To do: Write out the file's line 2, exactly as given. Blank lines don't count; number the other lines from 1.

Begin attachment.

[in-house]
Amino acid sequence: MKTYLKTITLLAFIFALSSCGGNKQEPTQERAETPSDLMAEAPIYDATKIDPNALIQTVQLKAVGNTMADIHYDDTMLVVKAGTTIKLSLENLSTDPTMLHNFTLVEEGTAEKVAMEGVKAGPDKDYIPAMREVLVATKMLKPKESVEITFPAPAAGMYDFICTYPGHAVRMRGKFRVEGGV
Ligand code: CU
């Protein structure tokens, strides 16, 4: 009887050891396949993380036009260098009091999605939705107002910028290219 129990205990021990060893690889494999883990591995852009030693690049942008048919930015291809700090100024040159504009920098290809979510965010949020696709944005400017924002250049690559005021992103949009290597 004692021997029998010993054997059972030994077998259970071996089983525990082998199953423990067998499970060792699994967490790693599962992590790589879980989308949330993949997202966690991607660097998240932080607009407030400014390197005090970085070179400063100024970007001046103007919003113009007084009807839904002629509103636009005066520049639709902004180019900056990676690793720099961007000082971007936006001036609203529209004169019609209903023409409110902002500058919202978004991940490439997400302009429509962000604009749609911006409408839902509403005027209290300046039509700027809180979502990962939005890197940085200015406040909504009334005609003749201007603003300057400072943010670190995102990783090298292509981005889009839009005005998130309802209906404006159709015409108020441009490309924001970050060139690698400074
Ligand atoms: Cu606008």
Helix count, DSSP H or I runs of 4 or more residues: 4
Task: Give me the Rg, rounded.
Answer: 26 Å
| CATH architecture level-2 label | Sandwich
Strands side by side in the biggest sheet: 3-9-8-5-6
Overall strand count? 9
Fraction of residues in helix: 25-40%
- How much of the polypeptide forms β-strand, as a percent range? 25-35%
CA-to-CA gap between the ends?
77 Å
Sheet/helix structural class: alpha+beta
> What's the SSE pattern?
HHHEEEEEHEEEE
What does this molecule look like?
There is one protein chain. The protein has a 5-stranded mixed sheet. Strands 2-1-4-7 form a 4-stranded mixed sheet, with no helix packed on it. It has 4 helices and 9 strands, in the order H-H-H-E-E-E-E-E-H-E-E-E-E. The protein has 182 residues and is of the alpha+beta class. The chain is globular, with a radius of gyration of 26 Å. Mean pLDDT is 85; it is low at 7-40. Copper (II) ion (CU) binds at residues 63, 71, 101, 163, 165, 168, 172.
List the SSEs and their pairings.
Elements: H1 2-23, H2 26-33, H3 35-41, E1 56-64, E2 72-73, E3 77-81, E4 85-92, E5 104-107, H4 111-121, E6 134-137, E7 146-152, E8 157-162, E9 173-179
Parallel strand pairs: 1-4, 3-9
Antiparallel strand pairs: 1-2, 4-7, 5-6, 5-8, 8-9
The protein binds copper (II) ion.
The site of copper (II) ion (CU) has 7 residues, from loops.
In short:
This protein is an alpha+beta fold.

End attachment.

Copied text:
Amino acid sequence: MKTYLKTITLLAFIFALSSCGGNKQEPTQERAETPSDLMAEAPIYDATKIDPNALIQTVQLKAVGNTMADIHYDDTMLVVKAGTTIKLSLENLSTDPTMLHNFTLVEEGTAEKVAMEGVKAGPDKDYIPAMREVLVATKMLKPKESVEITFPAPAAGMYDFICTYPGHAVRMRGKFRVEGGV